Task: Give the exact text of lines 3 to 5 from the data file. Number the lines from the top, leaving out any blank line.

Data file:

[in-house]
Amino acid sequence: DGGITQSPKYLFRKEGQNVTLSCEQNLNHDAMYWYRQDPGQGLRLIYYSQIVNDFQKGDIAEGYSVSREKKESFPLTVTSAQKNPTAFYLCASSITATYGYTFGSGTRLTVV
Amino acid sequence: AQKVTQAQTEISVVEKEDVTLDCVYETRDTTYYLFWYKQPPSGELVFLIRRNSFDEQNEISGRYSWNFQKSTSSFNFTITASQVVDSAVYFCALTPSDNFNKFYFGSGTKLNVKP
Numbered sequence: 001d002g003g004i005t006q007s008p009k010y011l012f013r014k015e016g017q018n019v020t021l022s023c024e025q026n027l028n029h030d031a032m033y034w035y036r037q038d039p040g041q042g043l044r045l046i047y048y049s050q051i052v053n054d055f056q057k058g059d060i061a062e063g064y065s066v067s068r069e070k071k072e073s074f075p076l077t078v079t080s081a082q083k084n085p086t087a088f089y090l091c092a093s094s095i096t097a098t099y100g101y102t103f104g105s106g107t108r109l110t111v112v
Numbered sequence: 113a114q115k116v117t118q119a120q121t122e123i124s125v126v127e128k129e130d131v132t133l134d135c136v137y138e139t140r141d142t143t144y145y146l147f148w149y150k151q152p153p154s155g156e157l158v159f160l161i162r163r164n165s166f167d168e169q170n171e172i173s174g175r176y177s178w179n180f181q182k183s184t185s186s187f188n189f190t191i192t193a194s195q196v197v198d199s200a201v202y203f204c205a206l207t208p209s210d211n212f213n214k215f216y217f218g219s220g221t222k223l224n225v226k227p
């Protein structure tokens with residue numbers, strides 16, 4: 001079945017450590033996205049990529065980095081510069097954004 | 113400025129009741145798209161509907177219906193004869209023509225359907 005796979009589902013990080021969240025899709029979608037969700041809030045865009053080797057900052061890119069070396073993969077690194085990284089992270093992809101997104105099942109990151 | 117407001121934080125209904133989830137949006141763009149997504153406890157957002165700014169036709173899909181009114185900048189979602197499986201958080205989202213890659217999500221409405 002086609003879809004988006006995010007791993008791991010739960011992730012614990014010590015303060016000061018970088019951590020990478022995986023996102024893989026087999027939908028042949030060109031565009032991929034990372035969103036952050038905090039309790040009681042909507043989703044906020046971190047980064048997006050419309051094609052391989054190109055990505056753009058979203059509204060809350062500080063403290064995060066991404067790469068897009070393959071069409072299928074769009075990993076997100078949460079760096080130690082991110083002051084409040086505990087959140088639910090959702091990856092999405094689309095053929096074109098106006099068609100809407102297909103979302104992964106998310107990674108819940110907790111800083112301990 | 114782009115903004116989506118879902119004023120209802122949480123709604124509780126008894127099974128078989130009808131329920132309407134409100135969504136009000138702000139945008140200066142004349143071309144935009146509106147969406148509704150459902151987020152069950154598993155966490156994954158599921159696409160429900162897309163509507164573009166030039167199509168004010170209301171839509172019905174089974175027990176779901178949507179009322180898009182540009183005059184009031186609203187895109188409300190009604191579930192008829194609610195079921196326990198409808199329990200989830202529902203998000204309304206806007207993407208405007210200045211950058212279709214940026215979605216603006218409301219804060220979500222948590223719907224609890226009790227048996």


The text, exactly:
Amino acid sequence: AQKVTQAQTEISVVEKEDVTLDCVYETRDTTYYLFWYKQPPSGELVFLIRRNSFDEQNEISGRYSWNFQKSTSSFNFTITASQVVDSAVYFCALTPSDNFNKFYFGSGTKLNVKP
Numbered sequence: 001d002g003g004i005t006q007s008p009k010y011l012f013r014k015e016g017q018n019v020t021l022s023c024e025q026n027l028n029h030d031a032m033y034w035y036r037q038d039p040g041q042g043l044r045l046i047y048y049s050q051i052v053n054d055f056q057k058g059d060i061a062e063g064y065s066v067s068r069e070k071k072e073s074f075p076l077t078v079t080s081a082q083k084n085p086t087a088f089y090l091c092a093s094s095i096t097a098t099y100g101y102t103f104g105s106g107t108r109l110t111v112v
Numbered sequence: 113a114q115k116v117t118q119a120q121t122e123i124s125v126v127e128k129e130d131v132t133l134d135c136v137y138e139t140r141d142t143t144y145y146l147f148w149y150k151q152p153p154s155g156e157l158v159f160l161i162r163r164n165s166f167d168e169q170n171e172i173s174g175r176y177s178w179n180f181q182k183s184t185s186s187f188n189f190t191i192t193a194s195q196v197v198d199s200a201v202y203f204c205a206l207t208p209s210d211n212f213n214k215f216y217f218g219s220g221t222k223l224n225v226k227p